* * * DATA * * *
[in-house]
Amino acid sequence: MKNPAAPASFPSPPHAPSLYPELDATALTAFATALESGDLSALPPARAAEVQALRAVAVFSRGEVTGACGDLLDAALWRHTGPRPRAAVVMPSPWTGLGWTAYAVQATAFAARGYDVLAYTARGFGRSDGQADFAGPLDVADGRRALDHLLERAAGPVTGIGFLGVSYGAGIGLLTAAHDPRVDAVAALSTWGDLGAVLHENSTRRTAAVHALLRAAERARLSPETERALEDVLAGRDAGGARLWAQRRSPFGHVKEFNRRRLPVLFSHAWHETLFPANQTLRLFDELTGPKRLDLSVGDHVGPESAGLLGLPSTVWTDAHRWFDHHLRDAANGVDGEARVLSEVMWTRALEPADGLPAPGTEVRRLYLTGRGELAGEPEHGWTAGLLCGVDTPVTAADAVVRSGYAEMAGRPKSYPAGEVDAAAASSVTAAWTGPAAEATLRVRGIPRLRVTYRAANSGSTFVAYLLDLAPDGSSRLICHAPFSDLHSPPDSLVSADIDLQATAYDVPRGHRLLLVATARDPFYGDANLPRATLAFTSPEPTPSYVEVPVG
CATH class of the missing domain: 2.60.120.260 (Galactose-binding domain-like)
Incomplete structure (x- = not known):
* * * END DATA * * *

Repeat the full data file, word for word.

[in-house]
Amino acid sequence: MKNPAAPASFPSPPHAPSLYPELDATALTAFATALESGDLSALPPARAAEVQALRAVAVFSRGEVTGACGDLLDAALWRHTGPRPRAAVVMPSPWTGLGWTAYAVQATAFAARGYDVLAYTARGFGRSDGQADFAGPLDVADGRRALDHLLERAAGPVTGIGFLGVSYGAGIGLLTAAHDPRVDAVAALSTWGDLGAVLHENSTRRTAAVHALLRAAERARLSPETERALEDVLAGRDAGGARLWAQRRSPFGHVKEFNRRRLPVLFSHAWHETLFPANQTLRLFDELTGPKRLDLSVGDHVGPESAGLLGLPSTVWTDAHRWFDHHLRDAANGVDGEARVLSEVMWTRALEPADGLPAPGTEVRRLYLTGRGELAGEPEHGWTAGLLCGVDTPVTAADAVVRSGYAEMAGRPKSYPAGEVDAAAASSVTAAWTGPAAEATLRVRGIPRLRVTYRAANSGSTFVAYLLDLAPDGSSRLICHAPFSDLHSPPDSLVSADIDLQATAYDVPRGHRLLLVATARDPFYGDANLPRATLAFTSPEPTPSYVEVPVG
CATH class of the missing domain: 2.60.120.260 (Galactose-binding domain-like)
Incomplete structure (x- = not known):